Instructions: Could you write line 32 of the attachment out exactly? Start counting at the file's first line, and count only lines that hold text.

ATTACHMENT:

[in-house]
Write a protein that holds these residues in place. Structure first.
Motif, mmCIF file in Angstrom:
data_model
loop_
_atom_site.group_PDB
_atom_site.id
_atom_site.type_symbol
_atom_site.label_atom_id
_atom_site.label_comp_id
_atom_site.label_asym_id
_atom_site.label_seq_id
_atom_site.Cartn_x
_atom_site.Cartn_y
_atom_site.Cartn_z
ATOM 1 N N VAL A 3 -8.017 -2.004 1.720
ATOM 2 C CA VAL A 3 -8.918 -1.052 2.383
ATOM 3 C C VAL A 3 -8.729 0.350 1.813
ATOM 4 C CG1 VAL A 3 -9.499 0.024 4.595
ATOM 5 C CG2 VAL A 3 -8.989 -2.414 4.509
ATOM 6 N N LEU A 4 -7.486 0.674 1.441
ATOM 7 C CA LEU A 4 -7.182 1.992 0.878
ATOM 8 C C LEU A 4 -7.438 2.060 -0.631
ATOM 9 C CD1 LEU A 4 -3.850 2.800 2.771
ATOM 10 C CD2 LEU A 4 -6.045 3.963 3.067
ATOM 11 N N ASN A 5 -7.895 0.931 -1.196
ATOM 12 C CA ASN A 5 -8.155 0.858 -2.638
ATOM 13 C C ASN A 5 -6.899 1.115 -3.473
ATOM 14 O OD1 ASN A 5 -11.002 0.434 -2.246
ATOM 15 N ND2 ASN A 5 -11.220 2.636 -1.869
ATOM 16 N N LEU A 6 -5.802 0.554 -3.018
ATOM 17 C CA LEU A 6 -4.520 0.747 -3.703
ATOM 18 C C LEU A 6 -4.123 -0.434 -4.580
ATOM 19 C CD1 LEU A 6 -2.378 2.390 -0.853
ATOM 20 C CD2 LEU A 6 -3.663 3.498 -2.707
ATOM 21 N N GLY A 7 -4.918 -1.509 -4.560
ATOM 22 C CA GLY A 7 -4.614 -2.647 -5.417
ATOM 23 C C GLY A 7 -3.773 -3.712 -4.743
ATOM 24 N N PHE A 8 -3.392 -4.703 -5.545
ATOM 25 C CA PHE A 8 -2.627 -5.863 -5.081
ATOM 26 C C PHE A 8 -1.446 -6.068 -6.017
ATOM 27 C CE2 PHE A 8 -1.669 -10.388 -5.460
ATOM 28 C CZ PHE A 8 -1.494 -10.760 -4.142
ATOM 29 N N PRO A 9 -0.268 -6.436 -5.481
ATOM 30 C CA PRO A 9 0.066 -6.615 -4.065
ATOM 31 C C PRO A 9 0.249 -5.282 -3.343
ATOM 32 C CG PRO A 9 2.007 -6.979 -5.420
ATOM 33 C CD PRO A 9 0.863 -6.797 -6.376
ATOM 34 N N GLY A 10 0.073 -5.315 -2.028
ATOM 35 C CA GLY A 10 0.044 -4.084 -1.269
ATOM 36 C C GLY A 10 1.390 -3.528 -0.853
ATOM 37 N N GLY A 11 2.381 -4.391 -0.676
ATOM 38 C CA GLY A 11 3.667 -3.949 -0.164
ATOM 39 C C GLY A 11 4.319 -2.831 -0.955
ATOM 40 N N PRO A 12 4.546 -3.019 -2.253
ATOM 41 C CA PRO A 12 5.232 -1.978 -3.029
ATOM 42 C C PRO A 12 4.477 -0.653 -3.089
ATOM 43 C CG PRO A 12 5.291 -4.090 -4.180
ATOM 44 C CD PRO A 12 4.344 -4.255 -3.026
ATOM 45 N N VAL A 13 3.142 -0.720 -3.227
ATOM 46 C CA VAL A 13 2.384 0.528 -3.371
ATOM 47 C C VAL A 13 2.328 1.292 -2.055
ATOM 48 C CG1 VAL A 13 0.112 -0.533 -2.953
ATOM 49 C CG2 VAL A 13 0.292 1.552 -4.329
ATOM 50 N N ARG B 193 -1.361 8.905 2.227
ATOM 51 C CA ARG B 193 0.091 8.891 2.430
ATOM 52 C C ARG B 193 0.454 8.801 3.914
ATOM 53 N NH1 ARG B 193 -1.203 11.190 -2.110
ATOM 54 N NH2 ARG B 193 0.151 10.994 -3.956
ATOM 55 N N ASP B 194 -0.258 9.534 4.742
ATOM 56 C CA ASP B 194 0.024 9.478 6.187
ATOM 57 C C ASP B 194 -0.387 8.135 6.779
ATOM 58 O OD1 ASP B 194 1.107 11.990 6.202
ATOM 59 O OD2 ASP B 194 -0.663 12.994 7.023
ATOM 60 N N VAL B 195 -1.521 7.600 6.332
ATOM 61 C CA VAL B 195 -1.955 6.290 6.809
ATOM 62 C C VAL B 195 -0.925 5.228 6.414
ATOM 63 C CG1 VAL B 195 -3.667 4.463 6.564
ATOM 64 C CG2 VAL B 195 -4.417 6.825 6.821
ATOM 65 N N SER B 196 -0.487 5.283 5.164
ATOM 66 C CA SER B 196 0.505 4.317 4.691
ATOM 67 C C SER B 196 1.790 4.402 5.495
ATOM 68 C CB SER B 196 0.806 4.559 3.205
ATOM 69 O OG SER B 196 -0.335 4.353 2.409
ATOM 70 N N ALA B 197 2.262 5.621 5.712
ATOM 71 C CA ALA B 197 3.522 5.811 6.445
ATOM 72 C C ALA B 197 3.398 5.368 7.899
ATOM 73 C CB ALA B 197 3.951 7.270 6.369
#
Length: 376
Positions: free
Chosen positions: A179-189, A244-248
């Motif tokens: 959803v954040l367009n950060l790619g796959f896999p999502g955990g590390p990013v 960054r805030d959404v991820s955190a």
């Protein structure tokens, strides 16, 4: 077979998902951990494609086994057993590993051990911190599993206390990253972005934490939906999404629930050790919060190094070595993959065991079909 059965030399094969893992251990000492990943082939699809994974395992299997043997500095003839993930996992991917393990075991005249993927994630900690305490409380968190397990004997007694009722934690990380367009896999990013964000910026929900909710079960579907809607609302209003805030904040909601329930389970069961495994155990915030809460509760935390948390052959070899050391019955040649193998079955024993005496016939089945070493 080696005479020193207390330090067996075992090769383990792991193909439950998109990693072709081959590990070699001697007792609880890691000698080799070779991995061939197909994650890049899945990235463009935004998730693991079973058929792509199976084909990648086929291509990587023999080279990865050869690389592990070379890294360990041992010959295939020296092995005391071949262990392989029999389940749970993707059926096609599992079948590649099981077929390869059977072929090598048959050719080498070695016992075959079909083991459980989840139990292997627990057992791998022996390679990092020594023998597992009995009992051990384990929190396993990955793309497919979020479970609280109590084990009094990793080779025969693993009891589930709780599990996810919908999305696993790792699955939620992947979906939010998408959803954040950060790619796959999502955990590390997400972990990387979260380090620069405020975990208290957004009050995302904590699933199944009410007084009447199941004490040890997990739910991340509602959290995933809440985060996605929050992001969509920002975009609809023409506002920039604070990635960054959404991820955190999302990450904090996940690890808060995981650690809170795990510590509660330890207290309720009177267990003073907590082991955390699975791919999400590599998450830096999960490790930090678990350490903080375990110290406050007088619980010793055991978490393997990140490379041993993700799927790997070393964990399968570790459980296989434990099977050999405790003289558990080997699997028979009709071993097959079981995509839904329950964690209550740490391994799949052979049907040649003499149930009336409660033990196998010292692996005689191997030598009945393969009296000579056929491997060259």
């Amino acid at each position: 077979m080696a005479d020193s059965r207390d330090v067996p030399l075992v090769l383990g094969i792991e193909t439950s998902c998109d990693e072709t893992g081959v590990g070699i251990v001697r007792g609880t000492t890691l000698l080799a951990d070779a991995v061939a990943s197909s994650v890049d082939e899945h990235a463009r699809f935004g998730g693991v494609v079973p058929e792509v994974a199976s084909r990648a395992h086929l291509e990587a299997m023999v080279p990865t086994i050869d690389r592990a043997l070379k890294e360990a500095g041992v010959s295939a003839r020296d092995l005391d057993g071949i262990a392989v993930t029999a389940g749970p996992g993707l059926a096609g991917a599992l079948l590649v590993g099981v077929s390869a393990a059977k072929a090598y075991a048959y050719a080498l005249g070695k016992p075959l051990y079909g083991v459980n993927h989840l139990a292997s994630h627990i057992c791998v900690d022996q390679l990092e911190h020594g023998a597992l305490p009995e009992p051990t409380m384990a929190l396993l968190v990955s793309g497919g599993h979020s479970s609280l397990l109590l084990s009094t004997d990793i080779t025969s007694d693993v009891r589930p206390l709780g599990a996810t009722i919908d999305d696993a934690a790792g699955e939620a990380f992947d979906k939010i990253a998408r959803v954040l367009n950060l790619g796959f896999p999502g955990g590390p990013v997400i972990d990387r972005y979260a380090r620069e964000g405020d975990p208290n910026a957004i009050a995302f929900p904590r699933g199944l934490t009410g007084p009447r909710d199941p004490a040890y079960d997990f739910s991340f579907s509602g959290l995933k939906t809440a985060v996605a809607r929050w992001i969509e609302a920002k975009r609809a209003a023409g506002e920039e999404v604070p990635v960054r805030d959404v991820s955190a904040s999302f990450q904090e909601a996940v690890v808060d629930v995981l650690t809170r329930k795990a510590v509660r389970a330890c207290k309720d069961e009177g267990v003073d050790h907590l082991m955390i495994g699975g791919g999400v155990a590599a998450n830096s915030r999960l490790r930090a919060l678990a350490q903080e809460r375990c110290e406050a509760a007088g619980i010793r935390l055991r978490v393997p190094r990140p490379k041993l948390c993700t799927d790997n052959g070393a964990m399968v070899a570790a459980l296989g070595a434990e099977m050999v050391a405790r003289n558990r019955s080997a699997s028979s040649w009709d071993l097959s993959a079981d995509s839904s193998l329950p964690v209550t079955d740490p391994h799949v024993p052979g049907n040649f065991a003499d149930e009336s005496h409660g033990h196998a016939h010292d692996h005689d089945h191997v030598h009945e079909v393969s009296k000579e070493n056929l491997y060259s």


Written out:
ATOM 17 C CA LEU A 6 -4.520 0.747 -3.703